A while ago, I started planning a new Data Abstract feature: we wanted to support scripting in the .NET parts of the product, for validating business rules on both the client and the server, and for writing server logic, like we already have in Data Abstract for Delphi. There were several options we considered to us to use:

  • IronPython/Ruby
  • JScript.NET
  • Active Scripting JScript COM objects
  • CodeDom (C#, VB.NET)

But each came with it’s own problems. CodeDom, IronPython & IronRuby wouldn’t work for the Delphi and OS X side of things, and we wanted the new solution to be compatible across platforms. JScript.NET was deprecated a while ago and isn’t updated anymore, and the JScript COM objects aren’t very easy to manage from .NET, and wouldn’t work on Mono.

So what we did instead was write our own JavaScript (or as it’s properly called ECMAScript) engine. Microsoft had just introduced the new DLR, so we decided to base it on that, to have a good framework that would let us have an implementation with good performance and interoperability with other DLR and non-DLR based languages.

Initially, the development of this went rather slow, as the DLR at the time was very new, not even a 1.0 version was available, there were few docs and the samples online were hopelessly out of date. Adding to that was the problem that every update of the DLR code changed something. But now the DLR is becoming quite stable and parts of it will be in the soon-to-be released .NET 4.0 framework.

Introducing Script for .NET

Script for .NET is the end result of this work, and it’s a free-with-source implementation of ECMAScript (edition 3). It has all the features expected from JavaScript and the default (non-browser) objects like Object, Array, Function, Math, Number, Date, String, Boolean and RegExp. As mentioned above, the engine is based on the Dynamic Language Runtime, but it works on version 2.0 and later of .NET, as well as on Mono.

Debugging Support

The engine includes support for in-process debugging by the host, allowing to step through, step into and step out of the current function, and inspect all the locals and their current state. The following screenshot of one of the included sample applications shows this i action:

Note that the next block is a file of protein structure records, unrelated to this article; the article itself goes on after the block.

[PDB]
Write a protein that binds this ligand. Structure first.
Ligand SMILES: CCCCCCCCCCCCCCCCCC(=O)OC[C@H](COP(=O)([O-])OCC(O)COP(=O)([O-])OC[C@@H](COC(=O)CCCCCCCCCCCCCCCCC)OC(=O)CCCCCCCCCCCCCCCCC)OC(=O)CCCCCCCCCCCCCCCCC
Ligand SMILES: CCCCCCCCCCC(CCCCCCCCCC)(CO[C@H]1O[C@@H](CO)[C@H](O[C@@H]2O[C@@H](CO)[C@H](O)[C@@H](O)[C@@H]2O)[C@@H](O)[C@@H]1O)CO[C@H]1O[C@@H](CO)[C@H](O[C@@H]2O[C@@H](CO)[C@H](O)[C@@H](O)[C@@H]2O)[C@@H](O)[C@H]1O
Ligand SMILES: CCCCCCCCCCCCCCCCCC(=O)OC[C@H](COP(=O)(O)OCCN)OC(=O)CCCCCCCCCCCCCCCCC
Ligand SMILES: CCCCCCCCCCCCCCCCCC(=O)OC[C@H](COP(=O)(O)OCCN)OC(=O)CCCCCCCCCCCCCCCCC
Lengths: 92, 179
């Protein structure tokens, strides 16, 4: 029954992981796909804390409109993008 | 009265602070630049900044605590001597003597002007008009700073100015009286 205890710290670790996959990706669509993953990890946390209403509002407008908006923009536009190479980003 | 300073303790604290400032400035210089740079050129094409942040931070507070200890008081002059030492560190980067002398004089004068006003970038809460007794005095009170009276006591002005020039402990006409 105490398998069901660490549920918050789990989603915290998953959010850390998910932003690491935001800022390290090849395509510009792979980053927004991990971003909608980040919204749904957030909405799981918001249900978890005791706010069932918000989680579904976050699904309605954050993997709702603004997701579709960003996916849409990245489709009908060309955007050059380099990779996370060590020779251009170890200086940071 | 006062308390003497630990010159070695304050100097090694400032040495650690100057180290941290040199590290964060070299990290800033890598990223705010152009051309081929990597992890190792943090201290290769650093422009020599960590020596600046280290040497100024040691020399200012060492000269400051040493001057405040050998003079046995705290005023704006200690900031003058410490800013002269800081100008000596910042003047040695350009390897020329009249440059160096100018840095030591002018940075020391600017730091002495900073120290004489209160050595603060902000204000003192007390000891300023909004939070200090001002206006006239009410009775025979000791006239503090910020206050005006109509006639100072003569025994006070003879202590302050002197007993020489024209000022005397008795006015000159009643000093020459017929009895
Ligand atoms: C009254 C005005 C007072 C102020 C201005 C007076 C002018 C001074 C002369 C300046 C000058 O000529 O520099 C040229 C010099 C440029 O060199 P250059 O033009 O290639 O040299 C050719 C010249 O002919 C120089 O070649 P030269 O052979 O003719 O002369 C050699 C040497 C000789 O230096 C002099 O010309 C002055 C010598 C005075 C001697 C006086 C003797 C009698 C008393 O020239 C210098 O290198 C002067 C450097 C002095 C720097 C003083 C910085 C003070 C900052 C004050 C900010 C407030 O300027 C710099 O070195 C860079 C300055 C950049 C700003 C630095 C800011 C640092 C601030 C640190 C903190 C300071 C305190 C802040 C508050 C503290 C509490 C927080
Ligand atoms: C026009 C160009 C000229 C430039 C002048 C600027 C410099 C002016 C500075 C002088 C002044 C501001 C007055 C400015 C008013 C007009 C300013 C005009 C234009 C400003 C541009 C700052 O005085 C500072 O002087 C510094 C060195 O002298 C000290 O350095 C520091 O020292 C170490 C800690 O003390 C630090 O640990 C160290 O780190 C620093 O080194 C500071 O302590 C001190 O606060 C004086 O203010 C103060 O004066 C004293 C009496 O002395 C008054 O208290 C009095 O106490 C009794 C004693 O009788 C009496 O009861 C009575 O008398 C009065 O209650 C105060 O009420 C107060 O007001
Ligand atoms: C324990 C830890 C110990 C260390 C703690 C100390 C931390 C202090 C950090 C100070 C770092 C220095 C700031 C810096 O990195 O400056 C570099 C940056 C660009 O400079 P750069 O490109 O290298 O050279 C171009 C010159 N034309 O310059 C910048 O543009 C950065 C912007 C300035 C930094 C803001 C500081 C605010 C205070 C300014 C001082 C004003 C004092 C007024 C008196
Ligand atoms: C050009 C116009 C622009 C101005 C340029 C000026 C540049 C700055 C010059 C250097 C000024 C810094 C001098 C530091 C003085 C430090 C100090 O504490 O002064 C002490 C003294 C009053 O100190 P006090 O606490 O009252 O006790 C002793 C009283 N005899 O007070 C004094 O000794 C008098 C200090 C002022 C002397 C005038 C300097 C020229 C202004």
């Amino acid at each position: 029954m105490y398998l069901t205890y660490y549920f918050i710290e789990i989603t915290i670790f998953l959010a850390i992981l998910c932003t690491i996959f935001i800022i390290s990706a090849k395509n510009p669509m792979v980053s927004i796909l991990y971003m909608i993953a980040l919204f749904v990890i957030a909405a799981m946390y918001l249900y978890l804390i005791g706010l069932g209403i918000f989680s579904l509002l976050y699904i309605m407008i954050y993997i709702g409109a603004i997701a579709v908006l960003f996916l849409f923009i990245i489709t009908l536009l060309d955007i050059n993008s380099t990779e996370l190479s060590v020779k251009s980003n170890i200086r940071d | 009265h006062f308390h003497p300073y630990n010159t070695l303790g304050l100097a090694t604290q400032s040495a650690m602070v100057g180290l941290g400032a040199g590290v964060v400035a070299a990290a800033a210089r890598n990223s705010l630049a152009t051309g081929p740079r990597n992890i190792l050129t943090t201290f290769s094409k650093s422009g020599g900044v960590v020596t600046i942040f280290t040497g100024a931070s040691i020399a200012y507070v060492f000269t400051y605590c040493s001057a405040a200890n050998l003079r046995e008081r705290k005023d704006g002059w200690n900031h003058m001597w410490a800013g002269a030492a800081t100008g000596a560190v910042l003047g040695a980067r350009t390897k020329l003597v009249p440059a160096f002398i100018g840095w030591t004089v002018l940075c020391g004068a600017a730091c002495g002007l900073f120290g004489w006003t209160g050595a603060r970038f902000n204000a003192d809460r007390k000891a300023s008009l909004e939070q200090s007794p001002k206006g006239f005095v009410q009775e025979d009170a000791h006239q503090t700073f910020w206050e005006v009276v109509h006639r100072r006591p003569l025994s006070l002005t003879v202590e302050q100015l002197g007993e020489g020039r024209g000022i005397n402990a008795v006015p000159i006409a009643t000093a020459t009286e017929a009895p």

![](http://blogs.remobjects.com/wp-content/uploads/2010/02/2010-02-22_1548.png "debugger screenshot")

To make the engine easier to use, the class library includes an EcmaScriptComponent class which wraps the DLR and Scripting engine, lets the application run and debug arbitrary scripts, as can be seen below.

  privatevoid ShowMsg(string s){ MessageBox.Show(s);}     ScriptEngine =new EcmaScriptComponent(); ScriptEngine.Globals.SetVariable("ShowMessage", new Action<string>(MessageBox.Show)); ScriptEngine.Source=@" var pi = Math.PI; ShowMessage('Todays value of PI is : '+pi);"; ScriptEngine.Run();
It is also possible to and expose classes or complete .NET assemblies to the engine for use from within the script:
ScriptEngine.ExposeAssembly(typeof(System.Object).Assembly);// exposes all namespaces in mscorlib.
Where to get it

You can read more about RemObjects Script on its product homepage. The project itself is maintained on our code.remobjects.com open source repository, with full access to the SVN and bug tracker. The Spring 2010 release is available for download, now.

With the script engine itself out of the way, we are now working o the integration with Data Abstract, for our Summer releases.